Cyclodecane

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Cyclodecane[1]
Skeletal formula
Ball-and-stick model
Names
IUPAC name
cyclodecane
Identifiers
3D model (JSmol)
ChemSpider
ECHA InfoCard 100.005.485
Properties
C10H20
Molar mass 140.27 g/mol
Appearance colorless liquid
Density 0.871 g/cm3
Melting point 9 to 10 °C (48 to 50 °F; 282 to 283 K)
Boiling point 201 °C (394 °F; 474 K)
Hazards
Flash point 65 °C (149 °F; 338 K)
Except where otherwise noted, data are given for materials in their standard state (at 25 °C [77 °F], 100 kPa).
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Infobox references

Cyclodecane is a cycloalkane with the chemical formula C10H20.

Low-temperature 13C NMR spectra of cyclodecane (1) showed the presence of a minor conformation, assigned to the twist-boat-chair-chair (TBCC), in addition to the expected boat-chair-boat (BCB). If only the TBCC and BCB conformations were assumed to be appreciably populated, then a free-energy difference between the two conformations of 0.73 ± 0.3 kcal/mol could be obtained from the five area measurements over a temperature range of −148.6 to −131.0 °C, with populations of 5.2 and 94.8% for the TBCC and BCB conformations at −146.1 °C. However, an alternative description of the conformations of 1 was suggested by the ab initio calculations, which predicted that the twist-boat-chair (TBC) and TBCC conformations have comparable free energies and populations. Equal amounts of TBCC and TBC would give populations of 5.2, 5.2, and 89.6% and relative free energies of 0.72, 0.72, and 0.00 kcal/mol for the TBCC, TBC, and BCB conformations at −146.1 °C, based on the experimental areas at this temperature. The experimental spectra could neither confirm nor disprove the presence of the TBC. Saunders' calculations of the strain energies of 1 using Allinger's MM3 program were reproduced to obtain a complete set of these parameters and drawings of the conformations, and free energies and populations were obtained at +25 and −171.1 °C. Free energies were also calculated at the HF/6-31G* and HF/6-311G* levels, and chemical shifts were obtained for three conformations at the HF/6-311G* level by the GIAO method. Chlorocyclodecane (2) was shown by 13C and 1H NMR spectroscopy to have three conformations at −165.5 °C. To aid in conformational assignments, the 13C chemical shifts were calculated for all of the BCB and TBCC conformations of 2 using the GIAO method at the HF/6-311G* level. The free energies for each of the possible BCB, TBCC, and TBC conformations were also calculated using Allinger's MM3 program. From the line shape changes in the experimental 13C NMR spectra, the free-energy barriers, a consideration of the X-ray structures of substituted cyclodecanes, and these calculated chemical shifts and free energies, the three conformations of 2 at −165.5 °C were suggested to be 2e BCB (31.2%), 2a BCB (14.9%), and a TBCC conformation (53.9%) (numbering as in Figure 1); the 2e and 2a BCB assignments could be reversed. Free-energy barriers for interconversion of BCB conformations of 2 at −159.8 °C were 5.4 ± 0.2 and 5.5 ± 0.2 kcal/mol, and the free-energy barriers at −120.9 °C for equilibration of the TBCC conformation with the rapidly interconverting BCB conformations were 7.07 ± 0.2 and 7.08 ± 0.2 kcal/mol. The 13C NMR spectrum of cyclodecyl acetate (3) at −160.0 °C showed a similar pattern of chemical shifts and intensities for the substituted ring carbon.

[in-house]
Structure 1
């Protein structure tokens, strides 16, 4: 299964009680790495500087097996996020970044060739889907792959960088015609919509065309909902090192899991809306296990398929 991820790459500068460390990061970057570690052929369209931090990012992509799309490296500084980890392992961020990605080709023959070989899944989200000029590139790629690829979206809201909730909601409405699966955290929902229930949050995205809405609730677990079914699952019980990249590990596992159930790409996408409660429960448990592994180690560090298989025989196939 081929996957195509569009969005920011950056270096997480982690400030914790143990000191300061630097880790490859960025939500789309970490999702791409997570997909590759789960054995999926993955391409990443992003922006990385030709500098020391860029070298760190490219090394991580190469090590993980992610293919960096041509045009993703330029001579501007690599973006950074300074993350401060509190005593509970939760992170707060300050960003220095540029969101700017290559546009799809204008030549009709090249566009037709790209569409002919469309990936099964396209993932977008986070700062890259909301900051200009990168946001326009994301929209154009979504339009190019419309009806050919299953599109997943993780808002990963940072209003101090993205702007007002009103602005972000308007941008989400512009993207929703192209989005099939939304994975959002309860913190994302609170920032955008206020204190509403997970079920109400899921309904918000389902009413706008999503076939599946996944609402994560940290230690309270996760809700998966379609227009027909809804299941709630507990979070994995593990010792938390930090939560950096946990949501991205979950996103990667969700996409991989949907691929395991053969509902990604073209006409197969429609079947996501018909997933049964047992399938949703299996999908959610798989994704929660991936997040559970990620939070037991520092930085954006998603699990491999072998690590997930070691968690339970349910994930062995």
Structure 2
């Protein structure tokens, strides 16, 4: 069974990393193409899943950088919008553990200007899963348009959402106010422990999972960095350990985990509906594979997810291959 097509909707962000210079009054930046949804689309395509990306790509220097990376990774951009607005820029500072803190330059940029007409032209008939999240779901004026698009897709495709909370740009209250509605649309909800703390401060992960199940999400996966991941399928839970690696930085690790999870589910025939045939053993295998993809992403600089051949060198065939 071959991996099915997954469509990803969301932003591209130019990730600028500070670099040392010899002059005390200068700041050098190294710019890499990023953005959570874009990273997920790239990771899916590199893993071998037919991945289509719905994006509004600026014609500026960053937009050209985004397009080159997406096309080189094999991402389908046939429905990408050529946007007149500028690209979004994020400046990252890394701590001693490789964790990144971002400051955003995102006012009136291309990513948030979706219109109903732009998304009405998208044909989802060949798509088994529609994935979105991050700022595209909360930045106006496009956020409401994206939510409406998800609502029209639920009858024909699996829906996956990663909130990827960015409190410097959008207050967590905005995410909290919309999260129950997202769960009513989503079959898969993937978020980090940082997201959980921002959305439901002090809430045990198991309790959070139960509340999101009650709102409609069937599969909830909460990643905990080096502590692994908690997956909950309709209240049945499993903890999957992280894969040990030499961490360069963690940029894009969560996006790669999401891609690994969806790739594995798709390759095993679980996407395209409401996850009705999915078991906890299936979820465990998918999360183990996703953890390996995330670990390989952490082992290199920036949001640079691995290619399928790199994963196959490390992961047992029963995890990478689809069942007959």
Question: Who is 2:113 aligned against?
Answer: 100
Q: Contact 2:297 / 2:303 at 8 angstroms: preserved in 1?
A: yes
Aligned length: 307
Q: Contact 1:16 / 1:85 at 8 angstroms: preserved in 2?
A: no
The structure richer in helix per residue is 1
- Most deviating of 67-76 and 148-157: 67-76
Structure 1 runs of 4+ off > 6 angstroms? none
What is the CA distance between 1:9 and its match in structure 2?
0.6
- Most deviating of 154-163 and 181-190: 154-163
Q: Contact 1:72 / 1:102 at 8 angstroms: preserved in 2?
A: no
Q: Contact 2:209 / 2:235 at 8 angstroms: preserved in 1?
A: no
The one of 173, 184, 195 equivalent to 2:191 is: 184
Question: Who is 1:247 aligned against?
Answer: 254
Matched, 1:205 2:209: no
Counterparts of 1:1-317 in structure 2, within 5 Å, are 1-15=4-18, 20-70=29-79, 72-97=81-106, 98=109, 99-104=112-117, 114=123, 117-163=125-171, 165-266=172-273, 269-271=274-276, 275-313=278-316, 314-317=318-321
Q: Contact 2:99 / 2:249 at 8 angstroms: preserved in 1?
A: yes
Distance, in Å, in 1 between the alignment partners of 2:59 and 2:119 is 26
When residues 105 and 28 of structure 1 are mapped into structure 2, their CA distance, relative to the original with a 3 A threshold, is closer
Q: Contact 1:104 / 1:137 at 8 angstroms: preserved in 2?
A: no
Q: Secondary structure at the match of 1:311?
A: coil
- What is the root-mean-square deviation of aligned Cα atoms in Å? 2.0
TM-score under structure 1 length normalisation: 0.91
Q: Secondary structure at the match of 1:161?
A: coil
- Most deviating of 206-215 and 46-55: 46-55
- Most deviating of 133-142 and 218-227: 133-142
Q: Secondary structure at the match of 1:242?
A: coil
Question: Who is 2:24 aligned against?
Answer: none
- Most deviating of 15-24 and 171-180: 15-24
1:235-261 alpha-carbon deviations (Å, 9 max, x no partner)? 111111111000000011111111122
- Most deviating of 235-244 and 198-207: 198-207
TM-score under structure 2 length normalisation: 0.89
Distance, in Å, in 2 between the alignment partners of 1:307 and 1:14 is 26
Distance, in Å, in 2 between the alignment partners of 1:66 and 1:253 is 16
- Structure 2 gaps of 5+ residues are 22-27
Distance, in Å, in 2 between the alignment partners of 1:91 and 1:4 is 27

References[edit]

External links[edit]

  • Diwakar M. Pawar; Sumona V. Smith; Hugh L. Mark; Rhonda M. Odom,; Eric A. Noe (1998). "Conformational Study of Cyclodecane and Substituted Cyclodecanes by Dynamic NMR Spectroscopy and Computational Methods". Journal of the American Chemical Society. 120 (41): 10715. doi:10.1021/ja973116c.